Articles Tagged with medical marijuana and DUI

Pennsylvania’s marijuana DUI law could be about to see some much needed reform. State medical marijuanaRep. Sheryl Delozier (R-Cumberland) is working on a bill that would exempt medical marijuana patients from an overbearing law that prevents them from ever being allowed to drive, according to The Inquirer. The move comes as Pennsylvania Department of Health is in the process of implementing the state’s medical marijuana program.

PA Code Title 75, Sec. 3802, as it currently stands, states: “An individual may not drive, operate or be in actual physical control of the movement of a vehicle … (if) there is in the individual’s blood any amount of a Schedule I controlled substance.” Just as under the federal Controlled Substances Act, Pennsylvania also has cannabis listed under their own Controlled Substance, Drug, Device and Cosmetic Act as a Schedule I narcotic, right alongside heroin, peyote, mescaline and the like. Continue reading

According to a recent news article from the Sacramento Bee, some major changes to the adult legalization of marijuana are coming, including whether you can carry marijuana in your vehicle.  This change and many others comes from a 100-page bill just signed by Governor Jerry Brown with the goal of creating a unified regulatory system to govern marijuana in California. This is part of a major change that has been a long time coming, as there was previously very little state involvement in the medical marijuana industry.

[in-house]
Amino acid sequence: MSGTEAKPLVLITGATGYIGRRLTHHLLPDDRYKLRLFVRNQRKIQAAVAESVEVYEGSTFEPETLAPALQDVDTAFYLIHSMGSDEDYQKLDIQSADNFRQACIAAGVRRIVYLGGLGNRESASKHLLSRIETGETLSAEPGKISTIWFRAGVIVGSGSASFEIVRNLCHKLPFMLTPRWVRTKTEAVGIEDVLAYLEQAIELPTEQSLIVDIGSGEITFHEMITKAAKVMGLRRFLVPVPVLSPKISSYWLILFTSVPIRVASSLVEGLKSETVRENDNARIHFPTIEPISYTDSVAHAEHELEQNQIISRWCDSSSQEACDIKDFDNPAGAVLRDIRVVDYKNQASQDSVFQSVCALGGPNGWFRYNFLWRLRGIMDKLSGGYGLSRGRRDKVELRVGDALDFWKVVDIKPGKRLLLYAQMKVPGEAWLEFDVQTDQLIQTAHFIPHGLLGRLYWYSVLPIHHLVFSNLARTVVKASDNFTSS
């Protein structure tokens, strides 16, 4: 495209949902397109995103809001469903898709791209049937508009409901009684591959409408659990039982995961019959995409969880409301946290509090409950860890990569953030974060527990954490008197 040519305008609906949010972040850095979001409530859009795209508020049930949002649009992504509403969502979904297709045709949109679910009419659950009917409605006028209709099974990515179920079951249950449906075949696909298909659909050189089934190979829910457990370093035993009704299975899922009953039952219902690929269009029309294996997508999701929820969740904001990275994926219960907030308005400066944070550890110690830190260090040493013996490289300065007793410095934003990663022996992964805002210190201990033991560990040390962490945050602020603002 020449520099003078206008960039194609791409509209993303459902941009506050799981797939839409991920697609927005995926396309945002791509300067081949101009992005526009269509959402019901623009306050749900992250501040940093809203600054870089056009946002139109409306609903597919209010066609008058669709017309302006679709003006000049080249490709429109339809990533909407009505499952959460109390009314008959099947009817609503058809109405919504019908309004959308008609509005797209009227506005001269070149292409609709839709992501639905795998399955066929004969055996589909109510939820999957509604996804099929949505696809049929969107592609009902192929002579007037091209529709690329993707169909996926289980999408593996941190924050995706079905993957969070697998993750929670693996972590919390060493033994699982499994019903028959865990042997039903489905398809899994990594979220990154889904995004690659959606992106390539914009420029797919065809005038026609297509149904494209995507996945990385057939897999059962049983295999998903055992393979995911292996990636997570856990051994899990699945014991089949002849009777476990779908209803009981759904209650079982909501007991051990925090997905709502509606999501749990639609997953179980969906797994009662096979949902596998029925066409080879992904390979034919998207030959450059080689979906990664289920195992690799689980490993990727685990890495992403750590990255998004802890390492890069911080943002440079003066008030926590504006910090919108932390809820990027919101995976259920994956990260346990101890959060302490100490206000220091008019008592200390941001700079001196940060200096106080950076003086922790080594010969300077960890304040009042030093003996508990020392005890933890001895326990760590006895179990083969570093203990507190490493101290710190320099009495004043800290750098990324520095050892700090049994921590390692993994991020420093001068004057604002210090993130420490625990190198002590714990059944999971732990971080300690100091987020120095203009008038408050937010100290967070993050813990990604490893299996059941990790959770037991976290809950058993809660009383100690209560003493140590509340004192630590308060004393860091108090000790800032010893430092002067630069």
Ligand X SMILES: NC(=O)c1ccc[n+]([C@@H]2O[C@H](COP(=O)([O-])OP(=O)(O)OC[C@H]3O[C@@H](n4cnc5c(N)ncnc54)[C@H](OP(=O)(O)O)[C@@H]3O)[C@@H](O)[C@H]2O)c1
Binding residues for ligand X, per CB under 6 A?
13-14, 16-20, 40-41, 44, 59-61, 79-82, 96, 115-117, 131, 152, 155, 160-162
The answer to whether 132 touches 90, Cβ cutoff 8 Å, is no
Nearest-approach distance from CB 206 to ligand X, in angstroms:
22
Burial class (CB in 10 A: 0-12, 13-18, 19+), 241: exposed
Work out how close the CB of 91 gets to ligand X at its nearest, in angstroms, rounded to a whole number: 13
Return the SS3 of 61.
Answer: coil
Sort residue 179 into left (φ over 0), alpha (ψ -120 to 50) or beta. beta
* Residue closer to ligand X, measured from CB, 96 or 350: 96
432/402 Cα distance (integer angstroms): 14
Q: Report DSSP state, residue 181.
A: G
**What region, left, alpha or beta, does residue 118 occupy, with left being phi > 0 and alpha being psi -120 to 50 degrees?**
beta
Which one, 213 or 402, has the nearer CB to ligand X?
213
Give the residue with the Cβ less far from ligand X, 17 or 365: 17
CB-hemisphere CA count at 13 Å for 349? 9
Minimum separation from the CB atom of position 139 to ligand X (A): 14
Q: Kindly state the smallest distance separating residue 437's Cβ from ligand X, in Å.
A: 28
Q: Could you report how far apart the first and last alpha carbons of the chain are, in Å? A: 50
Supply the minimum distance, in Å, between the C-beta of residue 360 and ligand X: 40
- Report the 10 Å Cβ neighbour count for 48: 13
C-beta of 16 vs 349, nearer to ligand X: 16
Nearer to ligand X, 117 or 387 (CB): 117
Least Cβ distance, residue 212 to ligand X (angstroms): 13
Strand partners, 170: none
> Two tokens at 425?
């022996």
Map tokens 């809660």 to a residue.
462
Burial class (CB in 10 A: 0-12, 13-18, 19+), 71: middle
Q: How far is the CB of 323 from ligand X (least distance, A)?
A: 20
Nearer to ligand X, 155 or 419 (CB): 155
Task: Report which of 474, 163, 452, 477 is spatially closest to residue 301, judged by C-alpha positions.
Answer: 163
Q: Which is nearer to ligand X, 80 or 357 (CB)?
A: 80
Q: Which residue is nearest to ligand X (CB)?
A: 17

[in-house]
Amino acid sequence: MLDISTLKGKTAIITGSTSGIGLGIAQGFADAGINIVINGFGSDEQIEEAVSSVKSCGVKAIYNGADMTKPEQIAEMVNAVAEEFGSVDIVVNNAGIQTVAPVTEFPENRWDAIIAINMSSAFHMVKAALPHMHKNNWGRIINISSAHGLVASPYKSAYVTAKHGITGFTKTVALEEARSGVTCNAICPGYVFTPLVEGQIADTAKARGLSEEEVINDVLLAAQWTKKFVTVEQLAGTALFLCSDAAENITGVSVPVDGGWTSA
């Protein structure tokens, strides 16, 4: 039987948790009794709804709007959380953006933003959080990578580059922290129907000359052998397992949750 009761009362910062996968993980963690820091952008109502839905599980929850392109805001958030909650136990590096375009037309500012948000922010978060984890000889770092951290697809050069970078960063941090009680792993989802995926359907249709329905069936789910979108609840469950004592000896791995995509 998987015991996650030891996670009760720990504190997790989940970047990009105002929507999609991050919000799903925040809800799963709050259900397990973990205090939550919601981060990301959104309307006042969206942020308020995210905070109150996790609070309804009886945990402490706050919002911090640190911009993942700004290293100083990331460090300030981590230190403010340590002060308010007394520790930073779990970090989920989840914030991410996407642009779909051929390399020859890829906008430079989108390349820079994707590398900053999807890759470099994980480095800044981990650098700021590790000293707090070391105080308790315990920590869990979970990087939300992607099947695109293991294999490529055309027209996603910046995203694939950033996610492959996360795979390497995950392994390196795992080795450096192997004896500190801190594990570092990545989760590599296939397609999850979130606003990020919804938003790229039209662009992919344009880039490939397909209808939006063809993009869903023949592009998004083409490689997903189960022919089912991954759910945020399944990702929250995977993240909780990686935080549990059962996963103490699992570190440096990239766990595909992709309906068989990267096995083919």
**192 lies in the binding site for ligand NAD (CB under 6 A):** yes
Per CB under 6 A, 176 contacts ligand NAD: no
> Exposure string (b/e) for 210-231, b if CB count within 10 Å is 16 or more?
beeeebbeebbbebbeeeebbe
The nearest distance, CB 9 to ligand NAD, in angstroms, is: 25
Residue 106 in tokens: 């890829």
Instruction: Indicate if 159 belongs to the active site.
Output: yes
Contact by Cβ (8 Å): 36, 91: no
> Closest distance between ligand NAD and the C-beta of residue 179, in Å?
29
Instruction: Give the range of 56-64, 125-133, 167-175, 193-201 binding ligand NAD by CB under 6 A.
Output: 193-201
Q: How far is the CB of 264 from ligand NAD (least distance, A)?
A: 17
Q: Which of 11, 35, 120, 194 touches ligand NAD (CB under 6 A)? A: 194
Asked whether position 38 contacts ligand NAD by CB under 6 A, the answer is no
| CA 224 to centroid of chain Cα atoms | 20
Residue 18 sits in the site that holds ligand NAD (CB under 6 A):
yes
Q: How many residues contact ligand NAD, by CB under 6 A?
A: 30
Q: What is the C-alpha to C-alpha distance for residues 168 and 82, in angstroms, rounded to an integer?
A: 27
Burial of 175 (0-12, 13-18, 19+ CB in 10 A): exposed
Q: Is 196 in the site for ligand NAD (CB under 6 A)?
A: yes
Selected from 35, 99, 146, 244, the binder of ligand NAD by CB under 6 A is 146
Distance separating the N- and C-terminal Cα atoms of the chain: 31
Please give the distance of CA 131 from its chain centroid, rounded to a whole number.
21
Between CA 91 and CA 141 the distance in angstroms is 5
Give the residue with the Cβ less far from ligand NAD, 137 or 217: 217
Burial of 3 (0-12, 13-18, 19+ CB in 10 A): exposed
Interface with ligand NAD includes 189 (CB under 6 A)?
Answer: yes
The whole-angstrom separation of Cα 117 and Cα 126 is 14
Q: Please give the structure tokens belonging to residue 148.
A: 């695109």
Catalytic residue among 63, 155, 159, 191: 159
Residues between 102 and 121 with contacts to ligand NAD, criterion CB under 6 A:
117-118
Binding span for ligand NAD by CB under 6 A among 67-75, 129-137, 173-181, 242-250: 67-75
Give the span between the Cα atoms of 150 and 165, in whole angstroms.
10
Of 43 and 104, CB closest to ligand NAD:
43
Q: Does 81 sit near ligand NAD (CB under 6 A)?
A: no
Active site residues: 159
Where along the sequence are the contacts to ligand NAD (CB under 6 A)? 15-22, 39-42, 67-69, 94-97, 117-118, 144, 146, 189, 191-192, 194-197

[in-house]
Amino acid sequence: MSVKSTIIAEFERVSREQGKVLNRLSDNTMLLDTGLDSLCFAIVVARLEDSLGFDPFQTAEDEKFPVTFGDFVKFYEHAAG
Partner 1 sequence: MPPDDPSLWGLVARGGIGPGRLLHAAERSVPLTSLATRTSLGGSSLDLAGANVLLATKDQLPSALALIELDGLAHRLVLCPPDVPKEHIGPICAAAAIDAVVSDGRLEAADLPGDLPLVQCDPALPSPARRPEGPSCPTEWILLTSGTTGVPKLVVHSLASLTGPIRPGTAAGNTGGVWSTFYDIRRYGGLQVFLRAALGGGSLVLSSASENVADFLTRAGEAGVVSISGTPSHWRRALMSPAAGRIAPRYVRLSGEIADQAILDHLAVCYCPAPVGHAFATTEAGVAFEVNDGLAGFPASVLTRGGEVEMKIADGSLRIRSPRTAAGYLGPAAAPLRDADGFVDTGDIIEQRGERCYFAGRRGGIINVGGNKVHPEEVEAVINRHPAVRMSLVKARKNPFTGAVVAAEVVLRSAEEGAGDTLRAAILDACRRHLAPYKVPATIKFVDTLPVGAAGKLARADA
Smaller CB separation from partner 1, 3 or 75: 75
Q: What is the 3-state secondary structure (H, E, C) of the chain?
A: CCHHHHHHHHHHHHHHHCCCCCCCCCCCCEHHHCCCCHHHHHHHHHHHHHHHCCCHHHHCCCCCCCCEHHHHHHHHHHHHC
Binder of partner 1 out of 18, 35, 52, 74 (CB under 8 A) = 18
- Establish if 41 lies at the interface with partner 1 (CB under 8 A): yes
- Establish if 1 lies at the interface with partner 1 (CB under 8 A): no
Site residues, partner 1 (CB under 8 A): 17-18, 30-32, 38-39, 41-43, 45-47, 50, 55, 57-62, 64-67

marijuana lawyerThe state wanted to change the reputation that California is the Wild West in terms of marijuana laws and business, and they moved to create an agency to regulate medical marijuana.  As this was occurring, Proposition 64 was passed by a majority of voters, making marijuana legal for recreational use as well as medicinal. Continue reading

For the first time in U.S. history, marijuana breathalyzers were in use on public roads, and it’s happening right here in California. drive7

The devices, the brainchild of an Oakland emergency room doctor and reserve police officer for the Alameda County Sheriff’s Office, are expected to be distributed nationally sometime next year.

During initial field tests, drivers who were spotted driving in an erratic fashion were pulled over by Alameda sheriff’s deputies – including the creator of the device – who then and those drivers voluntarily agreed to breathe into the contraption. Two individuals admitted to smoking the drug within a half hour before the traffic stop, and their breathalyzer readouts were reportedly much higher than for the other drivers. In other drivers who admitted to using in the last three hours, the device also tested positive for the presence of THC.  Continue reading